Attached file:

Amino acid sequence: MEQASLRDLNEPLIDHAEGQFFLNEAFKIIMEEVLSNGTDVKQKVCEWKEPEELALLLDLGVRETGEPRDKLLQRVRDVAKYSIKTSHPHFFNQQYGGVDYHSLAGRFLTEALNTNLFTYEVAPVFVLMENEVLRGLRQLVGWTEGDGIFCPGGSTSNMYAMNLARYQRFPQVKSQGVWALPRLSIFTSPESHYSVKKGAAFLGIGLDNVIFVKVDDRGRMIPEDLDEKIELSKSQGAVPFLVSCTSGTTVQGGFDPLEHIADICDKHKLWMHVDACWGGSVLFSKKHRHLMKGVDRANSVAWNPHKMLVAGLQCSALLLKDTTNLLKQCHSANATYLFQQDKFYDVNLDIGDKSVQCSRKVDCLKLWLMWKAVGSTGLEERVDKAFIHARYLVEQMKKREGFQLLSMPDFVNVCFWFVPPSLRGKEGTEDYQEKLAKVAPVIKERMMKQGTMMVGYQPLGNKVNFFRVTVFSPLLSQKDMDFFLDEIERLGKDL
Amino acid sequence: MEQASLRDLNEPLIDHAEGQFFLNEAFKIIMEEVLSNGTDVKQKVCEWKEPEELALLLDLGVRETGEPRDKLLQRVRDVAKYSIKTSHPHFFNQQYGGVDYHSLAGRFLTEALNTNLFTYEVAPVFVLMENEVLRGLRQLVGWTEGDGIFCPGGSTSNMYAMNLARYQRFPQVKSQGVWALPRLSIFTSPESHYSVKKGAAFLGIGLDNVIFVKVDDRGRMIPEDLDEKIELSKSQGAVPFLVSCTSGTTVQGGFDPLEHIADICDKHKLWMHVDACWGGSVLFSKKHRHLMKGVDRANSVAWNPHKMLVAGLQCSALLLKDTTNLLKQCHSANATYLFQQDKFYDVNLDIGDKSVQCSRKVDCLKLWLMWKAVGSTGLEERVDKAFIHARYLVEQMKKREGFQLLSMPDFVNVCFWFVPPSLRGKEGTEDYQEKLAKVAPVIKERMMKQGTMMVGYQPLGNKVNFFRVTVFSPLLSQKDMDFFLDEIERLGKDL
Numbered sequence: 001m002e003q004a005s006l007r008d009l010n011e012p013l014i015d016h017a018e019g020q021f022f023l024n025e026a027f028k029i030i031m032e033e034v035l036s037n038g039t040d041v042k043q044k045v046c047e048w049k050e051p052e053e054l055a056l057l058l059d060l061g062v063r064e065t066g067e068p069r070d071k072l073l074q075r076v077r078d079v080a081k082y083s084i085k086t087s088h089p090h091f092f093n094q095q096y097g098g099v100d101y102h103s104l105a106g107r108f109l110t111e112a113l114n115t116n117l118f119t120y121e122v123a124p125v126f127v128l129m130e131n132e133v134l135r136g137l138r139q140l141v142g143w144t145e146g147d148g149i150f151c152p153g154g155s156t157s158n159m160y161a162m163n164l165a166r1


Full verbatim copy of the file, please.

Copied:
Amino acid sequence: MEQASLRDLNEPLIDHAEGQFFLNEAFKIIMEEVLSNGTDVKQKVCEWKEPEELALLLDLGVRETGEPRDKLLQRVRDVAKYSIKTSHPHFFNQQYGGVDYHSLAGRFLTEALNTNLFTYEVAPVFVLMENEVLRGLRQLVGWTEGDGIFCPGGSTSNMYAMNLARYQRFPQVKSQGVWALPRLSIFTSPESHYSVKKGAAFLGIGLDNVIFVKVDDRGRMIPEDLDEKIELSKSQGAVPFLVSCTSGTTVQGGFDPLEHIADICDKHKLWMHVDACWGGSVLFSKKHRHLMKGVDRANSVAWNPHKMLVAGLQCSALLLKDTTNLLKQCHSANATYLFQQDKFYDVNLDIGDKSVQCSRKVDCLKLWLMWKAVGSTGLEERVDKAFIHARYLVEQMKKREGFQLLSMPDFVNVCFWFVPPSLRGKEGTEDYQEKLAKVAPVIKERMMKQGTMMVGYQPLGNKVNFFRVTVFSPLLSQKDMDFFLDEIERLGKDL
Amino acid sequence: MEQASLRDLNEPLIDHAEGQFFLNEAFKIIMEEVLSNGTDVKQKVCEWKEPEELALLLDLGVRETGEPRDKLLQRVRDVAKYSIKTSHPHFFNQQYGGVDYHSLAGRFLTEALNTNLFTYEVAPVFVLMENEVLRGLRQLVGWTEGDGIFCPGGSTSNMYAMNLARYQRFPQVKSQGVWALPRLSIFTSPESHYSVKKGAAFLGIGLDNVIFVKVDDRGRMIPEDLDEKIELSKSQGAVPFLVSCTSGTTVQGGFDPLEHIADICDKHKLWMHVDACWGGSVLFSKKHRHLMKGVDRANSVAWNPHKMLVAGLQCSALLLKDTTNLLKQCHSANATYLFQQDKFYDVNLDIGDKSVQCSRKVDCLKLWLMWKAVGSTGLEERVDKAFIHARYLVEQMKKREGFQLLSMPDFVNVCFWFVPPSLRGKEGTEDYQEKLAKVAPVIKERMMKQGTMMVGYQPLGNKVNFFRVTVFSPLLSQKDMDFFLDEIERLGKDL
Numbered sequence: 001m002e003q004a005s006l007r008d009l010n011e012p013l014i015d016h017a018e019g020q021f022f023l024n025e026a027f028k029i030i031m032e033e034v035l036s037n038g039t040d041v042k043q044k045v046c047e048w049k050e051p052e053e054l055a056l057l058l059d060l061g062v063r064e065t066g067e068p069r070d071k072l073l074q075r076v077r078d079v080a081k082y083s084i085k086t087s088h089p090h091f092f093n094q095q096y097g098g099v100d101y102h103s104l105a106g107r108f109l110t111e112a113l114n115t116n117l118f119t120y121e122v123a124p125v126f127v128l129m130e131n132e133v134l135r136g137l138r139q140l141v142g143w144t145e146g147d148g149i150f151c152p153g154g155s156t157s158n159m160y161a162m163n164l165a166r1